Insubordination

S.O.S.

In my high school English classes, I’ve been teaching subordinate clauses, subordinate conjunctions, and complex sentences for years “by the book.”

I just read another writer’s column and I laughed almost until it hurt but for different painful reasons. He placed commas BEFORE subordinate conjunctions in the middle of a sentence! And he did it more than once, so it’s not a typo!

Is this more deterioration of our beloved language???

Please read it and advise. Jump ship? Borrow a life jacket? Surface dive? I was a lifeguard in the ’80s and ’90s … Teaching swimming strokes is a lot more fun than teaching grammar strokes. 🙂

Mrs. Raizy Kaufman, Boro Park

Mordechai Schiller responds:

I’m on thin ice here. I must confess that I am not a grammarian. I’m a lexikibitzer.

But I’m in good company. After E.B. White revised The Elements of Style, he wrote, “I discovered that for all my fine talk I was no match for the parts of speech — I was, in fact, over my depth and in trouble. Not only that, I felt uneasy posing as an expert on rhetoric, when the truth is I write by ear, always with difficulty and seldom with any exact notion of what is taking place under the hood.”

Regarding my colleague’s punctuation, I haven’t read the piece in question, but I have to confess (this is beginning to sound like viduy) that I tend to gently insert commas not by the book, but by ear.

As for “deterioration of the language,” relax. It’s been through worse. To borrow a phrase from Mark Twain, the reports of the death of English are greatly exaggerated.

In all fairness to myself, I could and do look it up. I check stacks of books and articles whenever I write or edit. But my watchword is clarity.

To give an example of what I don’t mean, an essay in the journal English Today said:

“While subordination is defined as ‘a grammatical phenomenon which involves an arrangement of two or more units [ … ] that are in an unequal relationship’ (Aarts, 2011: 179), the term insubordination (Evans, 2007) designates instances of originally subordinate clauses lacking the corresponding main clause which have developed into new constructions that are considered main clauses in themselves. Examples of conditional subordination with if.”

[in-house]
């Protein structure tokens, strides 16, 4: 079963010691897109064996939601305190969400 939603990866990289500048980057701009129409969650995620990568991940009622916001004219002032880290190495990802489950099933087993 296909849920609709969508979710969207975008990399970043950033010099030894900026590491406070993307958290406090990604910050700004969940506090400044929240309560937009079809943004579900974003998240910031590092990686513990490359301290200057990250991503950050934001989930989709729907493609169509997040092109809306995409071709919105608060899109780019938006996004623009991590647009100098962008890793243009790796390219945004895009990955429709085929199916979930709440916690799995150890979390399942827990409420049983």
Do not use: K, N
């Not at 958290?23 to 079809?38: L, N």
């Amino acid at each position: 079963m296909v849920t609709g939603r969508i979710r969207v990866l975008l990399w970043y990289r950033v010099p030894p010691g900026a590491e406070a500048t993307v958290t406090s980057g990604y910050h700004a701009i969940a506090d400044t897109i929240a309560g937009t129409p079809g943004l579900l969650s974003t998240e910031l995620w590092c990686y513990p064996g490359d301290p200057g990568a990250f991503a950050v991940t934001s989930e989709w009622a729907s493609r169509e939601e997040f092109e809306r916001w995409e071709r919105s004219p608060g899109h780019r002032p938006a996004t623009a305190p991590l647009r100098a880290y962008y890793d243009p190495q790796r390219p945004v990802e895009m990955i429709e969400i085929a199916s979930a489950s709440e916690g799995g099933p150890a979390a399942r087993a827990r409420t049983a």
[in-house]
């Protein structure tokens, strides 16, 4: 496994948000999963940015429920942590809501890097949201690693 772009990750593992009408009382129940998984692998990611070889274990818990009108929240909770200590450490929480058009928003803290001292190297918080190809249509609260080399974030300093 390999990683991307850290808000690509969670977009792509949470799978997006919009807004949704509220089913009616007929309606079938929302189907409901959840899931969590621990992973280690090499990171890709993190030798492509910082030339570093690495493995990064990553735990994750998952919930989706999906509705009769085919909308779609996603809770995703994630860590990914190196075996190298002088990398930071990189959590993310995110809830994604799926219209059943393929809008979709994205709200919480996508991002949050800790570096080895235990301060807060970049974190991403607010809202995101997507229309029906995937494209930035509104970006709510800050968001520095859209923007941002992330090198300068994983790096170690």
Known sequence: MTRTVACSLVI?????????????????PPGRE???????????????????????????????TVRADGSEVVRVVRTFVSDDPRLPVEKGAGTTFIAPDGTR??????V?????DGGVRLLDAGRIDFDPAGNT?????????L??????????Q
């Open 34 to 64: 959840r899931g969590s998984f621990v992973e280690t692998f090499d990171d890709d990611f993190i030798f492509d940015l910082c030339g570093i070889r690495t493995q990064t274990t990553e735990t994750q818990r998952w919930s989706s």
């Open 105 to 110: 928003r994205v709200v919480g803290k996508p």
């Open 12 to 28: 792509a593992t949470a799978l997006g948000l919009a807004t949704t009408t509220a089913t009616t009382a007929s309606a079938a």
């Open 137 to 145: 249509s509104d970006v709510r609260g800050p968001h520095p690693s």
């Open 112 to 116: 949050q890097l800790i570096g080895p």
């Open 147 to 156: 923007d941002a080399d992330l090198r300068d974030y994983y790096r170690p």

If that mouthful leaves you gasping for breath, try William Safire’s advice in How Not to Write; The Essential Misrules of Grammar, which expands on his popular list of “fumblerules”:

“Avoid run-on sentences they are hard to read.”

Safire explained that a run-on is an incorrect joining of sentences.

“One wrong method is fusion, the simple jamming together of two complete, stand-alone thoughts, as in our fumblerule.” And don’t think it’s OK because William Faulkner and James Joyce did it. They “got away with it you are not them I am not them either.”

Safire offered several solutions. As a recovering advertising copywriter who tactically used machine-gun blasts of short sentences to rivet attention, I have to admit favoring his suggestion to avoid subordinating clauses altogether. We’re beset by enough complexes, why add complex sentences to our worries? Why not go back to the old advice to stick to one thought per sentence?

As Safire put it, “Instead of linking, decouple. Use a period. Be choppy. Sometimes that’s a strong way to write. Just don’t do it too often or for too long. It makes the reader think you think he’s a dope.”